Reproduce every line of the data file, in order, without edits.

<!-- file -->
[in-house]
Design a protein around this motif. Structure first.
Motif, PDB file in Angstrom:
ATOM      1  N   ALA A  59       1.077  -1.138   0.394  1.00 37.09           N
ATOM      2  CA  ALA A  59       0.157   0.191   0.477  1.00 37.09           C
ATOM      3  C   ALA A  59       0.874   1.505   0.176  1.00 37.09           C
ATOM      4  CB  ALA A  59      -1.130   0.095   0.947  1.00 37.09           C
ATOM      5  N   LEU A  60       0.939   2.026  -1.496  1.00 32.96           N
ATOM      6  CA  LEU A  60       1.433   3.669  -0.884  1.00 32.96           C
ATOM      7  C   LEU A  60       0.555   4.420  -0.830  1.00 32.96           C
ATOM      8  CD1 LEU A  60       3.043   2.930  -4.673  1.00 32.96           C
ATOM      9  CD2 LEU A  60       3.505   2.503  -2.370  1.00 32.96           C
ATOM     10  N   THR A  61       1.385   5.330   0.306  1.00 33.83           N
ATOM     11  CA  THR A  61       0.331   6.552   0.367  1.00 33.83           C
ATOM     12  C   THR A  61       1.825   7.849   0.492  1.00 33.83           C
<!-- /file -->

[in-house]
Design a protein around this motif. Structure first.
Motif, PDB file in Angstrom:
ATOM      1  N   ALA A  59       1.077  -1.138   0.394  1.00 37.09           N
ATOM      2  CA  ALA A  59       0.157   0.191   0.477  1.00 37.09           C
ATOM      3  C   ALA A  59       0.874   1.505   0.176  1.00 37.09           C
ATOM      4  CB  ALA A  59      -1.130   0.095   0.947  1.00 37.09           C
ATOM      5  N   LEU A  60       0.939   2.026  -1.496  1.00 32.96           N
ATOM      6  CA  LEU A  60       1.433   3.669  -0.884  1.00 32.96           C
ATOM      7  C   LEU A  60       0.555   4.420  -0.830  1.00 32.96           C
ATOM      8  CD1 LEU A  60       3.043   2.930  -4.673  1.00 32.96           C
ATOM      9  CD2 LEU A  60       3.505   2.503  -2.370  1.00 32.96           C
ATOM     10  N   THR A  61       1.385   5.330   0.306  1.00 33.83           N
ATOM     11  CA  THR A  61       0.331   6.552   0.367  1.00 33.83           C
ATOM     12  C   THR A  61       1.825   7.849   0.492  1.00 33.83           C